The Sixth Gun is handedly one of the better original series to be unleashed on the comics market in recent memory, and though it began only three years ago, the title is preparing to come to an end. Finalizing at issue fifty, The Sixth Gun is well more than halfway through its inevitable conclusion. But with a little more than a year left in its story, there's still plenty of time to get caught-up and on board with the Eisner and Harvey Award-nominated series by writer Cullen Bunn and artist Brian Hurtt.
Today at San Diego Comic-Con, Oni Press announced its latest ongoing creator-owned book, The Auteur, which is slated to make Hollywood start feeling a burning sensation in the spring of 2014. So what's it all about? Having had the opportunity to check out an advance copy of the first issue by Rick Spears (Black Metal), artist James Callahan (Barf Comics) and colorist Luigi Anderson, I can say that at first it seemed to be about an unhinged movie producer desperate to bounce back from the biggest box office flop of all time. By the end of the issue, however, the better question seemed to be "What isn't this comic about?" For answers -- along with a first look at six intense preview pages from The Auteur #1 -- we may or may not have interrogated Spears.
Fans who can't wait until the official October launch of Letter 44 will have an early opportunity to snag the first issue of Charles Soule and artist Alberto Alburquerque's sci-fi series this week at San Diego Comic-Con. Following its initial announcement at Emerald City in March, publisher Oni Press has decided to whet fan appetites a little early with a convention exclusive black and white edition of Letter 44 #1.
When it comes to fictional witches, female spellcasters of all stripes usually fall into the "good" or "evil" camps. Hags, though? Universally bad, man. Take Cullen Bunn, Joelle Jones and Nick Filardi's undead viking revenge saga, Hellheim. It's got some of the worst hags you're ever likely to find in a comic book. This fact is crystalized the way superheroes squeeze goal into diamonds this Wednesday, July 10 in Hellheim #5. Oni's provided CA with a first-look at the issue showing just what kind of hags the heroic Rikard must contend with as the series approaches its sixth, story arc-wrapping issue.
Today, on the eve of America's annual celebration of its independence, Oni Press releases a hardcover collection of a comic about one of the nation's greatest unsolved mysteries. Well, it was unsolved, until Brian Churilla revealed The Secret History of D.B. Cooper.
Launching next month from Oni Press is The Mysterious Strangers, a new ongoing series set firmly in the superspy adventure genre but with distinct super-powered twists like time manipulation, telekinesis and a dreaded "death touch," all straight from the minds of writer Chris Roberson and artist Scott Kowalchuk. The Mysterious Strangers is a fun and earnest work, featuring a diverse cast artwork by Kowalchuck and Jackson that's very evocative of '60s spy fiction, expressing kitsch and drama with equal measure. It also comes with a unique two-issue structure, alternating between cliffhanger and resolution, which Kowalchuk and colorist Dan Jackson avail themselves of to create linking covers every two months, resulting in some lovely diptychs.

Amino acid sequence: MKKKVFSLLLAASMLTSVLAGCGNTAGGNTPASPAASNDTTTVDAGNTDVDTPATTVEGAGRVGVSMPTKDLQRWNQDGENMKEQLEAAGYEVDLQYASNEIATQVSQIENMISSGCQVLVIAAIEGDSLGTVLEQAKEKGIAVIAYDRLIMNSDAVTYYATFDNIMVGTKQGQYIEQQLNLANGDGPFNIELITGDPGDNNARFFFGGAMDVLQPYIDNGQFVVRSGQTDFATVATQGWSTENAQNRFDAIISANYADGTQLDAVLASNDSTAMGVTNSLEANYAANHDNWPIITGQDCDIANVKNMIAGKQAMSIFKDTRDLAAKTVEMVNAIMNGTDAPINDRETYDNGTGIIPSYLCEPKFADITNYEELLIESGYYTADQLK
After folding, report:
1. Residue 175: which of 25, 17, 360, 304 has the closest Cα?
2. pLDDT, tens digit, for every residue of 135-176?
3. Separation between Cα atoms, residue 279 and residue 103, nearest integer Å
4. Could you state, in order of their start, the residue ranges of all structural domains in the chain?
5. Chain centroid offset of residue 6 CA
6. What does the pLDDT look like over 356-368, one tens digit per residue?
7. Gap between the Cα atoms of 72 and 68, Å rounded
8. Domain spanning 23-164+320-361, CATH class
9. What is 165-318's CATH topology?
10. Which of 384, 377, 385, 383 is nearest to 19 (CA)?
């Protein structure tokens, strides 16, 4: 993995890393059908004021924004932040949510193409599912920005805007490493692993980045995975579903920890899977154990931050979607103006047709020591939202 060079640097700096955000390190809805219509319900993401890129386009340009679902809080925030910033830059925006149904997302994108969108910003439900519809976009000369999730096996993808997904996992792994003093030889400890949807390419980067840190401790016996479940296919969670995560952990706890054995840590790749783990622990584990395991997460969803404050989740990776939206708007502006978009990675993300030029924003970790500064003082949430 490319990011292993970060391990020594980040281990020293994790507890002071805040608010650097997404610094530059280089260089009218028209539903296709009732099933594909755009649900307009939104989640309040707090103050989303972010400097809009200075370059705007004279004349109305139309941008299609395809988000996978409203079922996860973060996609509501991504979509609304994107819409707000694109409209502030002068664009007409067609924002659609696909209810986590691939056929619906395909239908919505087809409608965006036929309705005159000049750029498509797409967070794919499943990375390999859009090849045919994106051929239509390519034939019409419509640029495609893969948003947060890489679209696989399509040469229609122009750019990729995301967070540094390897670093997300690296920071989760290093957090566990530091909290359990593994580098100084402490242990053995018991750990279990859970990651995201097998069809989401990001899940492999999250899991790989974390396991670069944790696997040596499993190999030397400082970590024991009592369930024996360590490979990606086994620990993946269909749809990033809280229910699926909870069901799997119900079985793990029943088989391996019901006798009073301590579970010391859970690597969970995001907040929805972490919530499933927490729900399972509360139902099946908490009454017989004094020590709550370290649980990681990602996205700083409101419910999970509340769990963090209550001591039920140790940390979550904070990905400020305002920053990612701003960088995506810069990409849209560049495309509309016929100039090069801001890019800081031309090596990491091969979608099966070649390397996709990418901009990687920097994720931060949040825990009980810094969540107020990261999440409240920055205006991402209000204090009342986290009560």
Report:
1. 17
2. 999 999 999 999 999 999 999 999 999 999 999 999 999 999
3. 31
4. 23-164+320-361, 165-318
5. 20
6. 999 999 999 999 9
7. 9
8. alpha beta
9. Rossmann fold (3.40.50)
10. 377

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Following Michiel Huisman's recent casting in the upcoming NBC adaptation of The Sixth Gun comic series by Cullen Bunn and Brian Hurtt, all eyes have been peeled for who would play the last uncast role in the series, Missy Hume. According to the latest announcement from NBC, Elena Satine (Magic City) will star as the ruthless and eternally youthful se
Following a flurry of other casting announcements, NBC's The Sixth Gun TV pilot has officially named its Drake Sinclair. Michiel Huisman (Treme) will play the roguish gunslinger in the adaptation of the long-running The Sixth
Last week saw the release of Cullen Bunn, Joëlle Jones and Nick Filardi's Helheim #1 from Oni Press, and with it came a whole slew of supernatural Viking action. It's a great book, full of murderous skeletons, the darkest witchcraft, and, most importantly, a Viking Frankenstein. It's exactly the kind of high conc
For over ten years, Ted Naifeh's Courtney Crumrin series has been one of the most compelling and consistently entertaining horror comics on the stands. In a story of a young girl who moves to a strange town and meets her sinister (and magical) uncle, Naifeh pit his title character against all manner of spooks, haunts and witchcraft, all of which crashed to an ending in last week's Courtney Crumrin #10, the final issue of a monthly serial that built on four full-color hardcovers of adventure. The end result is a prestigious library of work for Oni Press, something that rivals the mighty Scott Pilgrim in scope and the best of any publisher in quality.